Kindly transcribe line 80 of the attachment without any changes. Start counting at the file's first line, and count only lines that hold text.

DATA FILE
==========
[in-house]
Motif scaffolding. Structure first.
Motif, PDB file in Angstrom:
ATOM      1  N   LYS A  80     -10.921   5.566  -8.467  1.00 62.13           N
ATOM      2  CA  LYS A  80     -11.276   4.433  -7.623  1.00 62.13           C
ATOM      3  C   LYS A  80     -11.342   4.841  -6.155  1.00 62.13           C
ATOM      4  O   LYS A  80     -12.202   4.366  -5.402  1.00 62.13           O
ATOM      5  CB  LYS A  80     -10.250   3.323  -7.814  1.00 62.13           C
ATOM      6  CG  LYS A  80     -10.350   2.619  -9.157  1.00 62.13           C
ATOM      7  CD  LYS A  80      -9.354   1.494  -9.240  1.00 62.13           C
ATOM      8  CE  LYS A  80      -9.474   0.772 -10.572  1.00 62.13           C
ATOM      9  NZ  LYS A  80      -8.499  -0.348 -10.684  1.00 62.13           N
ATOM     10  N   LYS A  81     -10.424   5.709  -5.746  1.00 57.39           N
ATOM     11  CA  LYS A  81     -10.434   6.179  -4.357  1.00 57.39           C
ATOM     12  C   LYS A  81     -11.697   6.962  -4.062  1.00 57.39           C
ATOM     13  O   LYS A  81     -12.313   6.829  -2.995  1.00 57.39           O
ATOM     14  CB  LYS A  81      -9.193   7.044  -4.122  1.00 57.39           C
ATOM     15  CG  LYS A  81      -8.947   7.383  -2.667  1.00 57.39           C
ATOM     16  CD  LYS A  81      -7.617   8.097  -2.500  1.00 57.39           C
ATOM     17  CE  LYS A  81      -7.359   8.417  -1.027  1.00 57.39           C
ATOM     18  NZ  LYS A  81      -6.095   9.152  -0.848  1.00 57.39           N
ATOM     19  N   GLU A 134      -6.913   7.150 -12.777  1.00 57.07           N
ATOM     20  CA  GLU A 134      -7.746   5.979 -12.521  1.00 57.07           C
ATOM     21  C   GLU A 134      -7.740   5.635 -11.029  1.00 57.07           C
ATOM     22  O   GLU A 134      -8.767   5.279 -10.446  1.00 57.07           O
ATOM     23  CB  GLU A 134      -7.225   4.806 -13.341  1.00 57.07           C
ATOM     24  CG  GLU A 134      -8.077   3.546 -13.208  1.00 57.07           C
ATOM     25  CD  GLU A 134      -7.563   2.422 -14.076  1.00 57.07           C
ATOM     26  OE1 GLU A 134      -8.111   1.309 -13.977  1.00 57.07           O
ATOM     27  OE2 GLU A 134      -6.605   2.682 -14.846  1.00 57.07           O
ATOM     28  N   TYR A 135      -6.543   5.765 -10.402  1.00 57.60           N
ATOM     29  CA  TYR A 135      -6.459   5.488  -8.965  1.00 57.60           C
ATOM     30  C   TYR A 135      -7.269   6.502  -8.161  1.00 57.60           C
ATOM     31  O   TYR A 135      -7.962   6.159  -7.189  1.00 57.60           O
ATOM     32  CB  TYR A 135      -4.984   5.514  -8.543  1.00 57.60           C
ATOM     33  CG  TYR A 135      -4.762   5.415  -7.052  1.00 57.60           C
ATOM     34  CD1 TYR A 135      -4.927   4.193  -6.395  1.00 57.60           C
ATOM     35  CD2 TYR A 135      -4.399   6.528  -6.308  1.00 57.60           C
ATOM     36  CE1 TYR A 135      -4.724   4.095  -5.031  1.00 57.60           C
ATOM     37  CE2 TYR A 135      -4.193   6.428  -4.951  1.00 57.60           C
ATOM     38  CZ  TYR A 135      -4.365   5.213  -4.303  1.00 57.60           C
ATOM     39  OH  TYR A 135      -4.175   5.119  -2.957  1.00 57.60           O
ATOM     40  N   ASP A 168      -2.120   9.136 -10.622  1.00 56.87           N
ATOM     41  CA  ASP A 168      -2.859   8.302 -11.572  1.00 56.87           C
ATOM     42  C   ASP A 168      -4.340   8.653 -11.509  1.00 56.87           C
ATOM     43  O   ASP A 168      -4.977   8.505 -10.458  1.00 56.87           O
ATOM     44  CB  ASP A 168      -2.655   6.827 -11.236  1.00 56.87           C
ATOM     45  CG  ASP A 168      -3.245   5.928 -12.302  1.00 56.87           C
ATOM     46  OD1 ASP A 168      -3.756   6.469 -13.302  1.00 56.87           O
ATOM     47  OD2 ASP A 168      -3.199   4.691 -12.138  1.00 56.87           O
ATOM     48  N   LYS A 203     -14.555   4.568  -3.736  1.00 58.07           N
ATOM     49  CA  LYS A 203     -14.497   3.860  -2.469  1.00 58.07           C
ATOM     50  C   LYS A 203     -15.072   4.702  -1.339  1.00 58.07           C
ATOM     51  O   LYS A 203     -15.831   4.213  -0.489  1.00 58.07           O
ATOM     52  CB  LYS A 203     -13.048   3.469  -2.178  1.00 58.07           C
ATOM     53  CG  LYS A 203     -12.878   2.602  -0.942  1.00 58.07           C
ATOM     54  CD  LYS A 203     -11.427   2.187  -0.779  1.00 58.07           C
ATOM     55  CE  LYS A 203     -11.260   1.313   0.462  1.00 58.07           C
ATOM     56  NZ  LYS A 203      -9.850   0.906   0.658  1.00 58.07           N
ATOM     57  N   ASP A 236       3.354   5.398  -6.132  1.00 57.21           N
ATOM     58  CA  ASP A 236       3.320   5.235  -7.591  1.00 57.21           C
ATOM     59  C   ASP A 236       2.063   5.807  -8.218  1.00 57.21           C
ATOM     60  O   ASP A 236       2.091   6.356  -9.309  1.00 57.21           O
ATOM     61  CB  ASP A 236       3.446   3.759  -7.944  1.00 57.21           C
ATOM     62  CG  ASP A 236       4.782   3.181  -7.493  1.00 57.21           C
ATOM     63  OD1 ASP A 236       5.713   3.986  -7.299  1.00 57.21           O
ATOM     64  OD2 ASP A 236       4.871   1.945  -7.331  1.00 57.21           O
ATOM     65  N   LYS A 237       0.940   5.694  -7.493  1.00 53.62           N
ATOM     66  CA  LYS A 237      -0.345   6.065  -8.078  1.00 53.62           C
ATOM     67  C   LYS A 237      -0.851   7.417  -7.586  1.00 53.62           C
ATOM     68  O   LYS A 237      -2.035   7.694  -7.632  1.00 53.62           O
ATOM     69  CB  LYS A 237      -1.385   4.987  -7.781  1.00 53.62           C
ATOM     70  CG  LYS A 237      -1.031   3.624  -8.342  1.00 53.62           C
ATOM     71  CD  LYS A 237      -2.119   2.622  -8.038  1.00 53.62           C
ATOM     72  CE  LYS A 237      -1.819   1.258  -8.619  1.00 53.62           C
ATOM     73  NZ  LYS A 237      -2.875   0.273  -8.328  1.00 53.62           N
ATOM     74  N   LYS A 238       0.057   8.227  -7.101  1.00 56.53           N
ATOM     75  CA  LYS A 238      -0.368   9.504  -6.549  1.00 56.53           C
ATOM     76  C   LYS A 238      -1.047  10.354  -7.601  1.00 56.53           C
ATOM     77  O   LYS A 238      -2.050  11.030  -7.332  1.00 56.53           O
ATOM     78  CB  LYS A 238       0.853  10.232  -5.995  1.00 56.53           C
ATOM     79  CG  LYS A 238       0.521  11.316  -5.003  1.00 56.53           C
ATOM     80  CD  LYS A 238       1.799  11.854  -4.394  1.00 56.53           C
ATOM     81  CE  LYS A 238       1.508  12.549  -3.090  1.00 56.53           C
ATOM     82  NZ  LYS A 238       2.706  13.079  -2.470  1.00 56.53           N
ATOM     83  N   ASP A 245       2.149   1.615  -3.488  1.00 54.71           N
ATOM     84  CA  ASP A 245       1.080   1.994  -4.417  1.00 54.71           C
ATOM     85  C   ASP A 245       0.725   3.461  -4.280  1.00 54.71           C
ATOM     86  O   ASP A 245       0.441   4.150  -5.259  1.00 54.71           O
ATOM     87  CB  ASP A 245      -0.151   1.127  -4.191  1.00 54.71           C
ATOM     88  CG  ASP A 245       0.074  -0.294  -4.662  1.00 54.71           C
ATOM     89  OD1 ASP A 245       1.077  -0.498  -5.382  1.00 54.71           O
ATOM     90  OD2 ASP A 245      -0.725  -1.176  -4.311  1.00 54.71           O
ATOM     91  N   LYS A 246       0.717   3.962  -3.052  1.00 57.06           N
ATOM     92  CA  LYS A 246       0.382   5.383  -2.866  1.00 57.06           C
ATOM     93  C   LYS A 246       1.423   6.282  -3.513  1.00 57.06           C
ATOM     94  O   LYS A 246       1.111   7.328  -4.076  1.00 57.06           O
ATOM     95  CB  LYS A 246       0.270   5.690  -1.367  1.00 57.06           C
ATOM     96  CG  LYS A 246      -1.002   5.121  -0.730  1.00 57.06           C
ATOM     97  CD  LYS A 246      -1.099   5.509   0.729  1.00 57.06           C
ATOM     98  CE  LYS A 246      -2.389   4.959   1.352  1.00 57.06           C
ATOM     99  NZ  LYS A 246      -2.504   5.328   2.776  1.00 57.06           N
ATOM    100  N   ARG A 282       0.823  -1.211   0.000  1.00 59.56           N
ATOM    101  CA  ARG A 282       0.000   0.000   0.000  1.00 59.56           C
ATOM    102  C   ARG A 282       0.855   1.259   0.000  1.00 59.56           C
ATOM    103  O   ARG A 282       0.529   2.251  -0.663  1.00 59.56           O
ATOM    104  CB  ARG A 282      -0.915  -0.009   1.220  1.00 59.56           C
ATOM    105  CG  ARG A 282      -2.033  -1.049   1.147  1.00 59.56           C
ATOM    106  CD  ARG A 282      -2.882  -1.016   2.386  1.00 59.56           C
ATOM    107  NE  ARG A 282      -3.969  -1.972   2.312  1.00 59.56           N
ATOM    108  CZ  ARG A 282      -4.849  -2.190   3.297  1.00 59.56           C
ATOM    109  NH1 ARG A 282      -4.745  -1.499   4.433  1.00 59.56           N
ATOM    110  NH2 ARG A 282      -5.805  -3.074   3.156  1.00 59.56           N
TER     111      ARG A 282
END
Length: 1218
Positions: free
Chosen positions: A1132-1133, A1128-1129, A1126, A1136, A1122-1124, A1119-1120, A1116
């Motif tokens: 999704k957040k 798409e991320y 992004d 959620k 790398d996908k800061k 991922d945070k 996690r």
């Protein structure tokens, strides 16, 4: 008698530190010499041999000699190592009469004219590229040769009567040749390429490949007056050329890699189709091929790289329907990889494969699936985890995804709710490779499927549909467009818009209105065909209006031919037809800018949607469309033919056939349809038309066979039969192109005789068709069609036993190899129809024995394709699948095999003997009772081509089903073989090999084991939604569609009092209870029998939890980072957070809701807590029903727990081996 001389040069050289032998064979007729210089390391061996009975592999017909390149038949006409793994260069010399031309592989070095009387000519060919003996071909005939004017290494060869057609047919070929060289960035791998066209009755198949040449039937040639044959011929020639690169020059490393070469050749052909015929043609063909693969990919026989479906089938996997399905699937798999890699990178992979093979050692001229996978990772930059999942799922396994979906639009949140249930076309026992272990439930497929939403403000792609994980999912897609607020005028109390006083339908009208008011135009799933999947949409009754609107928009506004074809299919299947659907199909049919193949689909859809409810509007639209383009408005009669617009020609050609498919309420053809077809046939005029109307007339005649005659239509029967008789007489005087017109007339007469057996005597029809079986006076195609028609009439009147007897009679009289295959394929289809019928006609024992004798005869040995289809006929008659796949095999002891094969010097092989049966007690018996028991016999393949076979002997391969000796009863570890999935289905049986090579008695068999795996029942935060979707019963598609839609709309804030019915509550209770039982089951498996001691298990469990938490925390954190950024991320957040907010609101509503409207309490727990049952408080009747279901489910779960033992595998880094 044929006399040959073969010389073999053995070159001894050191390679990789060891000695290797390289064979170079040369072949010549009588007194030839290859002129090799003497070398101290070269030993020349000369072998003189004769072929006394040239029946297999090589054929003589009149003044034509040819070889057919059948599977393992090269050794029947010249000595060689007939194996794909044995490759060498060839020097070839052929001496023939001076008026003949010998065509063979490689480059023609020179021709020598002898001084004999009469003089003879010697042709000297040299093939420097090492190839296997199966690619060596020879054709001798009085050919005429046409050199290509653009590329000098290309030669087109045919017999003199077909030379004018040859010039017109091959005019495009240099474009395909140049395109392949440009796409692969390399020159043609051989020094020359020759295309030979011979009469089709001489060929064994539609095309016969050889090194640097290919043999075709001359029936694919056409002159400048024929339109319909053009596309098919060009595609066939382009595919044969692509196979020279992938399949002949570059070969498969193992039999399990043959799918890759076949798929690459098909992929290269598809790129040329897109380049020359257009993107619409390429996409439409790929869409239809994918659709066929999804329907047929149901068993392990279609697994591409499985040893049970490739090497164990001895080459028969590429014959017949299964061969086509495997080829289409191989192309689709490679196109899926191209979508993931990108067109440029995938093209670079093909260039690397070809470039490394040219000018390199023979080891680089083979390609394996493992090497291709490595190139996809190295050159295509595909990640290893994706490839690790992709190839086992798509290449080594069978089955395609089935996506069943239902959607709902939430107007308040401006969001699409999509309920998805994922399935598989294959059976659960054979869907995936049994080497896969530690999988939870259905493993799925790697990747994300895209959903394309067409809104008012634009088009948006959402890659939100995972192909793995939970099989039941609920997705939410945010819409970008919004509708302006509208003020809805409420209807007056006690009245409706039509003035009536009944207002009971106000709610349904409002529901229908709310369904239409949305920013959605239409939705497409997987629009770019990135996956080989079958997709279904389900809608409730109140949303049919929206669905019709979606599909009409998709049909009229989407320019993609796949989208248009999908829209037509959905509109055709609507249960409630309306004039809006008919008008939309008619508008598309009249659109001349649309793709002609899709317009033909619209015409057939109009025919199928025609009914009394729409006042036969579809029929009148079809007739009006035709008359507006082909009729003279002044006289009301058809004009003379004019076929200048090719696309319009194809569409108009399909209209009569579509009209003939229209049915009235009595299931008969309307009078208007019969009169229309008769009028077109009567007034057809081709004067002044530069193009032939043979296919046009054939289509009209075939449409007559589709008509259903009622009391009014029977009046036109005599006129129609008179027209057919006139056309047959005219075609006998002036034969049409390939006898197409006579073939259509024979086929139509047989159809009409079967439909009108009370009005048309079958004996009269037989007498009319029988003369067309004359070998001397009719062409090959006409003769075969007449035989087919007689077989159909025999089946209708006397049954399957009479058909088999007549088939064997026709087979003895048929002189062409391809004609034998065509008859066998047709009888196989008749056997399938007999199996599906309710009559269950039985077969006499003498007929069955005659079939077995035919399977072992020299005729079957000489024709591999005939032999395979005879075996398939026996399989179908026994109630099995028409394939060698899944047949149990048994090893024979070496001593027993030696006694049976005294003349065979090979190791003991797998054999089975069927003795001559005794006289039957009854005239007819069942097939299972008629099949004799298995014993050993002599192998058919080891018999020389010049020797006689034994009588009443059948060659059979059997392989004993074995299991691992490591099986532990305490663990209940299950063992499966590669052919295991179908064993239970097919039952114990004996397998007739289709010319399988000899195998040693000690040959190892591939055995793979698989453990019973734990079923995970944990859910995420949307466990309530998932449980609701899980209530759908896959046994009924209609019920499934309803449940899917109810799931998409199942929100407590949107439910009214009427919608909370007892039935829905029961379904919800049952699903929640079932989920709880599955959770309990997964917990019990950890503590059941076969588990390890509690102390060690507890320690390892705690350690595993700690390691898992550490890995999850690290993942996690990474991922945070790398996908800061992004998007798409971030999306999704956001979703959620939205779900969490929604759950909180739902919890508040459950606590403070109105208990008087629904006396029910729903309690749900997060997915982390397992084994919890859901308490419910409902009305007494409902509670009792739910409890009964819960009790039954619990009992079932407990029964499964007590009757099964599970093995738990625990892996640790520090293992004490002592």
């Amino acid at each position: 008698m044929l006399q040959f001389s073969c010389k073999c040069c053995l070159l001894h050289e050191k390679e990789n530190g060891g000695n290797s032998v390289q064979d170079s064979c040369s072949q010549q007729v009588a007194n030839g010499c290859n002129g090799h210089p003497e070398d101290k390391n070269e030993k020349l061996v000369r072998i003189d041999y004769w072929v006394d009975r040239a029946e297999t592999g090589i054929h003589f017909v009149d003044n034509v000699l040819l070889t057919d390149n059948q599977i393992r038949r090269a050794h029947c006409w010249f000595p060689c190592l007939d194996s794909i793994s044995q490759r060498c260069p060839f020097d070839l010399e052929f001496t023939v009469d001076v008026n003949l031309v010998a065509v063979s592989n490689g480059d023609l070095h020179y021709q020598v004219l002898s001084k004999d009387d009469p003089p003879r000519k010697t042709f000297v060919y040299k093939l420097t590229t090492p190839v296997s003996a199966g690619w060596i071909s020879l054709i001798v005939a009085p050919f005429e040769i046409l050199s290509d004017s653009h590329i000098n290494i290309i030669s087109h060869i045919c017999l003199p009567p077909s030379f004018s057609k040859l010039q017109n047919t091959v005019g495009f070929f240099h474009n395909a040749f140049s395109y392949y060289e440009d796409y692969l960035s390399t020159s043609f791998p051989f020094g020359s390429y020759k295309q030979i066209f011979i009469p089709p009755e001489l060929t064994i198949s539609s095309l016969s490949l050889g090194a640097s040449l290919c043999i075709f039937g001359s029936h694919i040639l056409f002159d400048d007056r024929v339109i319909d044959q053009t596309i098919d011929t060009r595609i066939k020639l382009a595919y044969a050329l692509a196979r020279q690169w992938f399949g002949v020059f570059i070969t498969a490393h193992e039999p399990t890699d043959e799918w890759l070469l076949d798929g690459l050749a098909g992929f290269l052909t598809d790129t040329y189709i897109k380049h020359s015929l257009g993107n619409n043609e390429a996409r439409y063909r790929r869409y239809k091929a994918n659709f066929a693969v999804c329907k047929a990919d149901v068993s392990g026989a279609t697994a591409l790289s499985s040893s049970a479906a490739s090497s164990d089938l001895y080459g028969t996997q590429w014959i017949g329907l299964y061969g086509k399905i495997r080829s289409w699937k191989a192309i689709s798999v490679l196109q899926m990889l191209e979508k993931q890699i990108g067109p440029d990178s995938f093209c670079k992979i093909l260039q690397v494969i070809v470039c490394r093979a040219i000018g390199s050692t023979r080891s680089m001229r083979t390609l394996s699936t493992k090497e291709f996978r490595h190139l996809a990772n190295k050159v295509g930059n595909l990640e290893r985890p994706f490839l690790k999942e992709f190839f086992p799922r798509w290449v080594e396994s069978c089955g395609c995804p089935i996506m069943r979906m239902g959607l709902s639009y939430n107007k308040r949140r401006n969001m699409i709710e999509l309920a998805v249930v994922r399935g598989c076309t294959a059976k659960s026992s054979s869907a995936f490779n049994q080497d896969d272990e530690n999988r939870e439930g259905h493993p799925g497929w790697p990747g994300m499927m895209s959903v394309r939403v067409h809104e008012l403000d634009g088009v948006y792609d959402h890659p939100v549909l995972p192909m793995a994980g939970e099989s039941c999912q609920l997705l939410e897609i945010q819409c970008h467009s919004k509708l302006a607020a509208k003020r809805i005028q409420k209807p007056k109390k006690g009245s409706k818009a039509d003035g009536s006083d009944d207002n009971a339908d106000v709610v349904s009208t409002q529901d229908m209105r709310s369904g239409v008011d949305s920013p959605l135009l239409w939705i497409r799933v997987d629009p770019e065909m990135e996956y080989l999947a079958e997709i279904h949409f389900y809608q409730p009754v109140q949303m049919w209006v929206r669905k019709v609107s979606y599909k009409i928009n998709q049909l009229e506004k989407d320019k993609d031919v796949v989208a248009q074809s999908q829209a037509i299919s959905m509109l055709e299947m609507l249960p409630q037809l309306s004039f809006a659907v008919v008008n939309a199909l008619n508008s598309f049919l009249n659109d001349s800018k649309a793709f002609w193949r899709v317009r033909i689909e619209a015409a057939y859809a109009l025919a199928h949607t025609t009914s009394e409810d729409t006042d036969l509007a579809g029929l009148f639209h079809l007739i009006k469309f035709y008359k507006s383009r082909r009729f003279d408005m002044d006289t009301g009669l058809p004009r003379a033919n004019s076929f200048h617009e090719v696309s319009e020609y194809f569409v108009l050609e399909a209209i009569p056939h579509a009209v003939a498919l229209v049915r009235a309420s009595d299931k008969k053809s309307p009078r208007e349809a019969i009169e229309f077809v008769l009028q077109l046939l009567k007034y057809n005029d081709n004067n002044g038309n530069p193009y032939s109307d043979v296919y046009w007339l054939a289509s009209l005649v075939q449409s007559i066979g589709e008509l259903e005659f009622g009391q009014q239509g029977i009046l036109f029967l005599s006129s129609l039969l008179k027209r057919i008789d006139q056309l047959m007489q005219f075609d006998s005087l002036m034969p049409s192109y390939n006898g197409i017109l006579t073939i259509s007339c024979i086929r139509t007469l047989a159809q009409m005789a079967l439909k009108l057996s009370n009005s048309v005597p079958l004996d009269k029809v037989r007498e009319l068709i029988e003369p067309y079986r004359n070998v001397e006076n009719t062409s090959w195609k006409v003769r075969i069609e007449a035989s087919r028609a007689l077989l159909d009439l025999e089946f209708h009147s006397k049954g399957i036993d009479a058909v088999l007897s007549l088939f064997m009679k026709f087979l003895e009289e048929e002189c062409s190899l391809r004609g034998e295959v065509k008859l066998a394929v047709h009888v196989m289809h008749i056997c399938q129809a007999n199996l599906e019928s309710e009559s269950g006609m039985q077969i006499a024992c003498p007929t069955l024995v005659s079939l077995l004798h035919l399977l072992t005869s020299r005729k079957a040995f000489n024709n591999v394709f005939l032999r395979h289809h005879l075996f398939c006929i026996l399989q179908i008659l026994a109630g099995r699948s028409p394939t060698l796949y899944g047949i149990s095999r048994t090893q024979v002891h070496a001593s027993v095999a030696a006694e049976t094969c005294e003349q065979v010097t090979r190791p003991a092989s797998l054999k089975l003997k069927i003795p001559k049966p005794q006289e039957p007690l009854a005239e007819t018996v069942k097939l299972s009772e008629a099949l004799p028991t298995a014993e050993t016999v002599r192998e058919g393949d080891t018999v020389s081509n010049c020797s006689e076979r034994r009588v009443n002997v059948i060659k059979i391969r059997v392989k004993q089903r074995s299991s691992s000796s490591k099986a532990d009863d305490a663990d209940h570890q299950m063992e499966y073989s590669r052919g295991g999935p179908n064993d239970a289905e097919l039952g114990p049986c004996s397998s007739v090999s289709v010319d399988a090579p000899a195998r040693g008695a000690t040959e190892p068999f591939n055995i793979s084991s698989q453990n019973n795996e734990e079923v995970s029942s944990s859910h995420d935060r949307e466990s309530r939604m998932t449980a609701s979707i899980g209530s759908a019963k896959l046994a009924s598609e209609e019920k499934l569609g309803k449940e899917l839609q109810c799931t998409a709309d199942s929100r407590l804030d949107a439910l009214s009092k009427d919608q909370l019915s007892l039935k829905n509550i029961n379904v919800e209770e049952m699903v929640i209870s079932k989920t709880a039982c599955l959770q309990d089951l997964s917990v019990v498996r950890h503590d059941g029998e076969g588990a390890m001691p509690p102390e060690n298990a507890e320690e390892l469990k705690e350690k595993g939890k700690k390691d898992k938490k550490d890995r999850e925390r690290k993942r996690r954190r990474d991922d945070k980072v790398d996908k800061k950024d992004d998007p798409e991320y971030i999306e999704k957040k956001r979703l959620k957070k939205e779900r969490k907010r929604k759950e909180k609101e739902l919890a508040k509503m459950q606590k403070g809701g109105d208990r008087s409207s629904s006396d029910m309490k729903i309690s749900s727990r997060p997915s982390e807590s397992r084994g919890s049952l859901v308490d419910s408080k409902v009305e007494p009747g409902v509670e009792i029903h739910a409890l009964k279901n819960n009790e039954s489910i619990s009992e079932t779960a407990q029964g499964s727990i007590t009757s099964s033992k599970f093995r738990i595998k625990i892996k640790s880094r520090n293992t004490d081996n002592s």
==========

ATOM     77  O   LYS A 238      -2.050  11.030  -7.332  1.00 56.53           O